Berlin meets Buenos Aires and it takes five to tango as the Artemis Quartet takes to the floor with Chilean pianist Jacques Ammon for a programme of works by Argentinian legend Astor Piazzolla.
It is perhaps no surprise that Crescendo magazine, reviewing the Artemis Quartet’s recent Virgin Classics CD of Schubert’s C major Quintet with Truls Mørk, said that the performance “could not be highly enough praised“. Perhaps more unexpected is that the Berlin-based string quartet has now joined forces with the Chilean pianist Jacques Ammon for a programme of music by Astor Piazzolla (1921–1992), the Argentinian master of the tango.
Eckart Runge, the Artemis‘ cellist, has in fact been collaborating with Ammon over the past decade to create celloproject, a duo playing the music of Piazzolla, his predecessor Carlos Gardel, and composers from the worlds of jazz (such as Chick Corea) and film (such as Charlie Chaplin and Nino Rota). As Runge says: "In the mid-1980s, when I first heard the music of Astor Piazzolla, little known in Europe at the time ... it was like being struck by lightning. With its almost cruelly shattering immediacy -- reminiscent of Schubert, somewhere between dream-like beauty and deathly sadness – and a refined subtlety between joy and tears, reminiscent of Chaplin, it moved me deeply. Only some years later did I dare to play this music for myself for the first time. Immediately I began to do my best to bring together everything I could find out about this music and its history, and consequently visited Buenos Aires.“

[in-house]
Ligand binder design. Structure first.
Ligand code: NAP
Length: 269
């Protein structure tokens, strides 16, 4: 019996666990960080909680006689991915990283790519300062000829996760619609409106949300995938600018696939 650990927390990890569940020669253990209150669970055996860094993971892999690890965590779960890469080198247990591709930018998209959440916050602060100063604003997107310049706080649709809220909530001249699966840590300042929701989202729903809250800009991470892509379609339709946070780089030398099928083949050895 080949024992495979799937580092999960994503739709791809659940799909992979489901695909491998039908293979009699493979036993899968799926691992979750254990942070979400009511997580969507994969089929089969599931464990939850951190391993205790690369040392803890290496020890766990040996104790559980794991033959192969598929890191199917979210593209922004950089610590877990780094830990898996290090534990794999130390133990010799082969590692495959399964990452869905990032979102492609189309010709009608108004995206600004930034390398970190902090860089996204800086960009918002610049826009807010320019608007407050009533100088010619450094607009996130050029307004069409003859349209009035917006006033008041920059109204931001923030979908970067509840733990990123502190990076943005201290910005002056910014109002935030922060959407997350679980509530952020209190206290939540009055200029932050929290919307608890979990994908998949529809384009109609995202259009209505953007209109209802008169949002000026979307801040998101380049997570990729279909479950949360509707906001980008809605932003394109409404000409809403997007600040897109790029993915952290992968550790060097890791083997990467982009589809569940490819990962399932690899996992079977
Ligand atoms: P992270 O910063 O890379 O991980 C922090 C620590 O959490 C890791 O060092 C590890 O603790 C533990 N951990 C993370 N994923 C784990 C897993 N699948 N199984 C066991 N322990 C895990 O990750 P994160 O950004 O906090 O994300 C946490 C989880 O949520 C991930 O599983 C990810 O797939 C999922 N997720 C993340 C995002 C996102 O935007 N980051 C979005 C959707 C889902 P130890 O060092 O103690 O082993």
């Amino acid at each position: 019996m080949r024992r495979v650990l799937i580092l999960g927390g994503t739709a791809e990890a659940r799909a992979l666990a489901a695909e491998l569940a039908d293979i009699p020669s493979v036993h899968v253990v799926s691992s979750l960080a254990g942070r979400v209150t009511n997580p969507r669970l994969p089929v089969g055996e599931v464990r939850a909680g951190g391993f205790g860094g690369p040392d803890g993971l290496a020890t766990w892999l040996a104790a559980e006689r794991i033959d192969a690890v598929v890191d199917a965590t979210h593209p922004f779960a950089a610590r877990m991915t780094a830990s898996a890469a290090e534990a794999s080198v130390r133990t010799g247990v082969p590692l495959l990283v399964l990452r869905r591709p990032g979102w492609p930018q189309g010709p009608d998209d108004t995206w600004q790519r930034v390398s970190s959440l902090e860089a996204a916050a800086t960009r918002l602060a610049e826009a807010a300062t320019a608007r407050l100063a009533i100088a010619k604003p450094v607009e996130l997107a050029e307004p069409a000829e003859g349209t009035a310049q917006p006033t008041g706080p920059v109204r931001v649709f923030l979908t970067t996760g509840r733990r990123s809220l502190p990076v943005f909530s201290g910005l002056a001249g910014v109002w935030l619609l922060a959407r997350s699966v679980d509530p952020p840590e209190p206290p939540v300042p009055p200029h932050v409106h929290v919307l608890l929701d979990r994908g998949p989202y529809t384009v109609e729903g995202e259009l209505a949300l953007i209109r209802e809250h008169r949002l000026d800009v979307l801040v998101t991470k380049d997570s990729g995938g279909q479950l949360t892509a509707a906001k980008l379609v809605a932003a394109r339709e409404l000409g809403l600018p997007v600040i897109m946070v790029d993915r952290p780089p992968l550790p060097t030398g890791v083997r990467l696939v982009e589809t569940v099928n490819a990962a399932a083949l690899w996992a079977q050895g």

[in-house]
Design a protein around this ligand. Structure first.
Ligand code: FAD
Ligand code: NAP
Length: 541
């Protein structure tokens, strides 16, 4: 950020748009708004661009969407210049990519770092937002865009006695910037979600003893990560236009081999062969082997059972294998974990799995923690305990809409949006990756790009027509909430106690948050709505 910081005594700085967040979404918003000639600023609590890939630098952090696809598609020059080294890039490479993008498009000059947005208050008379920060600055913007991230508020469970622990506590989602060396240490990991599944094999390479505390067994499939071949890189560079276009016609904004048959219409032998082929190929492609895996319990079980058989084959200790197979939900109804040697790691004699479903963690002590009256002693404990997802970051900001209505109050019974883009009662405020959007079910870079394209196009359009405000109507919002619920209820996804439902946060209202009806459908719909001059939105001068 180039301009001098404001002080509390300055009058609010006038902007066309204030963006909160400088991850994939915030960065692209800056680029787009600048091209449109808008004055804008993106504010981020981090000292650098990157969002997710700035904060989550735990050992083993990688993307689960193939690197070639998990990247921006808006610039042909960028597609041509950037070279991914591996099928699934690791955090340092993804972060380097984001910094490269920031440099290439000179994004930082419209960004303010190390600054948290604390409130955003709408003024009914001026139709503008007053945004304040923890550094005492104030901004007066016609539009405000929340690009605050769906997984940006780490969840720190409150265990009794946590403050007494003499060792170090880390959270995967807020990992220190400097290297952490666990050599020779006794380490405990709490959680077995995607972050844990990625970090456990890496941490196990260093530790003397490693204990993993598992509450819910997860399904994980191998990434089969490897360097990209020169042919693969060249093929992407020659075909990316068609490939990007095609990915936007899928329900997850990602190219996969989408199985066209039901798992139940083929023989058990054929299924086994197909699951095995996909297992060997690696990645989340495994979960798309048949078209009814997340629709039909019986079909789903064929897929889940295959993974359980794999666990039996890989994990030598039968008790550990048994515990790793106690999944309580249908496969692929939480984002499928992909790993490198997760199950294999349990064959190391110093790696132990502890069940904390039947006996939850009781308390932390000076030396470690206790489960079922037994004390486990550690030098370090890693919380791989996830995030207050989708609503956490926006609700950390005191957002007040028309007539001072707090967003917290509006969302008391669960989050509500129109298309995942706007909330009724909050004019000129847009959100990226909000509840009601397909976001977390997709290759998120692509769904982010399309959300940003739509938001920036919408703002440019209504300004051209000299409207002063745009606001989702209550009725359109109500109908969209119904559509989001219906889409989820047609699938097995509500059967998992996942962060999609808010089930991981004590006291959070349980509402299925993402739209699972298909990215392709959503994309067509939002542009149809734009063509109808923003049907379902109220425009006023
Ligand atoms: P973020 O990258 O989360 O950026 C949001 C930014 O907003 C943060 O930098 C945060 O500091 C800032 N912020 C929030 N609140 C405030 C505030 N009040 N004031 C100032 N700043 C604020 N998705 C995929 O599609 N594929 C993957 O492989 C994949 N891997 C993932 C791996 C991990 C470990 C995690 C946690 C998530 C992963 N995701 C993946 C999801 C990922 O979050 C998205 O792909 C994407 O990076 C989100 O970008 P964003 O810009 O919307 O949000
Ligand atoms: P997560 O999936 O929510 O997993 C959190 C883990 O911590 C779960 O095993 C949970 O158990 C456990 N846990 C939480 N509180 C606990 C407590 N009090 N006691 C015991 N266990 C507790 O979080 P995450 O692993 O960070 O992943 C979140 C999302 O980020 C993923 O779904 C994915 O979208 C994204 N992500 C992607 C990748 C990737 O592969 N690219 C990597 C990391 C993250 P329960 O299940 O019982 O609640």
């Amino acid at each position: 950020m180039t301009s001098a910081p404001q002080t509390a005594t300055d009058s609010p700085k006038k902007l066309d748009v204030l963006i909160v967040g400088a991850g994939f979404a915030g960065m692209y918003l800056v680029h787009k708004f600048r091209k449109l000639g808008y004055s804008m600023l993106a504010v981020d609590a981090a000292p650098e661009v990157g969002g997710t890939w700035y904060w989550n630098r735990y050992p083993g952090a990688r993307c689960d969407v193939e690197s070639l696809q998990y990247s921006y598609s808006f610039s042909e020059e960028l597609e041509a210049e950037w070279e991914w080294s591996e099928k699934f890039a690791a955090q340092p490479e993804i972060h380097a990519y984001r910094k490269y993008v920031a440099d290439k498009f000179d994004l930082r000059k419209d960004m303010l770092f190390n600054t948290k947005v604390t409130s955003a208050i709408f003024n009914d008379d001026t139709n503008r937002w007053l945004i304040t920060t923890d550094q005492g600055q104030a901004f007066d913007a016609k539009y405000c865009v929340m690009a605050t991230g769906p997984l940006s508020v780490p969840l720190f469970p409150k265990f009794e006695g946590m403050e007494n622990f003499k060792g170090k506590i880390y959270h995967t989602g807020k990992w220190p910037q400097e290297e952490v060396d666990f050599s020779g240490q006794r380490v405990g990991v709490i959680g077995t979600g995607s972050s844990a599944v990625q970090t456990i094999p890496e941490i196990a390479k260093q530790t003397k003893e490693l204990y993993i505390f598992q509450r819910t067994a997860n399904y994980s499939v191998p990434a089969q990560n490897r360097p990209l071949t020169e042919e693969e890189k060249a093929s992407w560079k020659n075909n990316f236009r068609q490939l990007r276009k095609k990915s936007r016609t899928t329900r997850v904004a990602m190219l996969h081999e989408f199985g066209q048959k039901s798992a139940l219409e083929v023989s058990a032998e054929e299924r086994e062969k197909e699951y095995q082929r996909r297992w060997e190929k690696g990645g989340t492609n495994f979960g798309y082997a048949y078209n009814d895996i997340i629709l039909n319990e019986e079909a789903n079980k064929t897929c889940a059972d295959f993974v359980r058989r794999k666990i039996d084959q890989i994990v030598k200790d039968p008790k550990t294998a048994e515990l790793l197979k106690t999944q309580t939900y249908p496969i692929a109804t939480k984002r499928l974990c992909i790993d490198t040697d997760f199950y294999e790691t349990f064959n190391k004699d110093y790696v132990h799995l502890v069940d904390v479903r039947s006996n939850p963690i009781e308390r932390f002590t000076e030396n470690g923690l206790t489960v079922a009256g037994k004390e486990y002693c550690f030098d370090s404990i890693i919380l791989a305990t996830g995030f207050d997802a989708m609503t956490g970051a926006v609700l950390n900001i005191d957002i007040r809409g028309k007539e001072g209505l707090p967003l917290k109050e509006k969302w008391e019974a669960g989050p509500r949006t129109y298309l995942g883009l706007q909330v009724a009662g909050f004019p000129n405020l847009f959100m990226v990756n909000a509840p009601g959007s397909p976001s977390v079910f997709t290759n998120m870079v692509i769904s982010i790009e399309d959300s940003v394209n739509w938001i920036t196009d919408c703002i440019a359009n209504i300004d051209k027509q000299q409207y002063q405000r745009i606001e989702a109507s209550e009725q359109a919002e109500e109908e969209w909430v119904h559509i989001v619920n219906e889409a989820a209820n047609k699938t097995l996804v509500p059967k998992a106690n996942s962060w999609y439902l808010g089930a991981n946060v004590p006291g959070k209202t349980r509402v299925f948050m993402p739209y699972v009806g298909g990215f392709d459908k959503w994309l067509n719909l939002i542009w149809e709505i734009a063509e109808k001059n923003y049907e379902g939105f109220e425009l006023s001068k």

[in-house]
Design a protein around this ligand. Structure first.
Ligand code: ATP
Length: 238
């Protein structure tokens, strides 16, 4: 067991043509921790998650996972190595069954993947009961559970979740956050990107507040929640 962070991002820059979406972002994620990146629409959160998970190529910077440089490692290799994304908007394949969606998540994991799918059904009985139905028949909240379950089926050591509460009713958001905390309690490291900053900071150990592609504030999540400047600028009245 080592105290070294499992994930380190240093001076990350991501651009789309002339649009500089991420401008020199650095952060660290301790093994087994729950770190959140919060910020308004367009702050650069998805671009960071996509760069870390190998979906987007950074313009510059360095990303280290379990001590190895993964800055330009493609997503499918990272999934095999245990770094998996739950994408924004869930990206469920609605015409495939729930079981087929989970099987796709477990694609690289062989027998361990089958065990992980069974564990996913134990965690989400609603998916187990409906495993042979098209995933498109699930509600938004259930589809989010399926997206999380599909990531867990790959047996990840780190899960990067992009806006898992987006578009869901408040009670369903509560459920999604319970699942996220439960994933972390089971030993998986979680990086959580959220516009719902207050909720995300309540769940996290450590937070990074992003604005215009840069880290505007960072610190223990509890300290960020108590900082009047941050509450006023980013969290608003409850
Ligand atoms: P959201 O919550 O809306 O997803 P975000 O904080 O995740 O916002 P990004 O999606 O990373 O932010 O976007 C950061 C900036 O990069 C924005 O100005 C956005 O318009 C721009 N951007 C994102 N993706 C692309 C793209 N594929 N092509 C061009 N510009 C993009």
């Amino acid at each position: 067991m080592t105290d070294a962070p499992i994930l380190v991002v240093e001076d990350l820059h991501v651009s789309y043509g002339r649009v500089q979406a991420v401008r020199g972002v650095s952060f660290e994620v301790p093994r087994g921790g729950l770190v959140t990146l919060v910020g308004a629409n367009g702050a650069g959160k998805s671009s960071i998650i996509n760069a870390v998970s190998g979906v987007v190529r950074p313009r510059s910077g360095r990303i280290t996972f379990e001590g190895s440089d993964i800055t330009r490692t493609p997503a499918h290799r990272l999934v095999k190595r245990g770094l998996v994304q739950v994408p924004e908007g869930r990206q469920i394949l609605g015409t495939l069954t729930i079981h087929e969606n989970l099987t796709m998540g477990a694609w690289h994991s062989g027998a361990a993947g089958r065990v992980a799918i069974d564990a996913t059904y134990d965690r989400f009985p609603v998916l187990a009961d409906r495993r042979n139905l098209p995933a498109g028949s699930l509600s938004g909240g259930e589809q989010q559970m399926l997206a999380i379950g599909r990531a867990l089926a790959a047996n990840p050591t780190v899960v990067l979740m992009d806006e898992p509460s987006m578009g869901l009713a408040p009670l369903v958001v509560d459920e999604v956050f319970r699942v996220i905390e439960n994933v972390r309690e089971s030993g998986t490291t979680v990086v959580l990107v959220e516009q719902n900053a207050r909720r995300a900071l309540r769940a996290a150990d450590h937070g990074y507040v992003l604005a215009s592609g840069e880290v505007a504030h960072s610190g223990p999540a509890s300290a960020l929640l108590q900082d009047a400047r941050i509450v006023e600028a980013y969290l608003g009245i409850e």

Although tango is understood as a ’popular‘ rather than classical genre, Piazzolla studied with the famed composition teacher Nadia Boulanger and his musical collaborators over the years included figures from jazz and popular music – for instance the saxophonist Gerry Mulligan, the vibraphone player Gary Burton and the Italian chanteuse Milva – and classical musicians such as Salvatore Accardo, Mstislav Rostropovitsch and the Kronos Quartet. His output includes orchestral works, an opera and an oratorio. Perhaps his best-known work features on this disc, the Estaciones Porteñas (Seasons in Buenos Aires), inspired by Vivaldi’s Quattro stagioni and here performed by a piano trio.
Runge explains: “The idea of the Piazzolla Project was to bring the authentic sonic and expressive palette of the tango to life with the inexhaustible possibilities of the string quartet, the piano trio and the piano quintet. Sometimes melting into the melancholy tones of the bandoneon, sometimes breaking out into the raw heterogeneity of the tango quintet, it represented a completely new encounter with sound, rhythm, style and gesture. It was a pleasure for me to share with my quartet colleagues the experience I had gathered over the years in my engagement with this culture. They were enthused by the depth and variety of the tango. For all of us, this music was a great inspiration and it exercised an enriching influence on our involvement with the classical chamber repertoire.”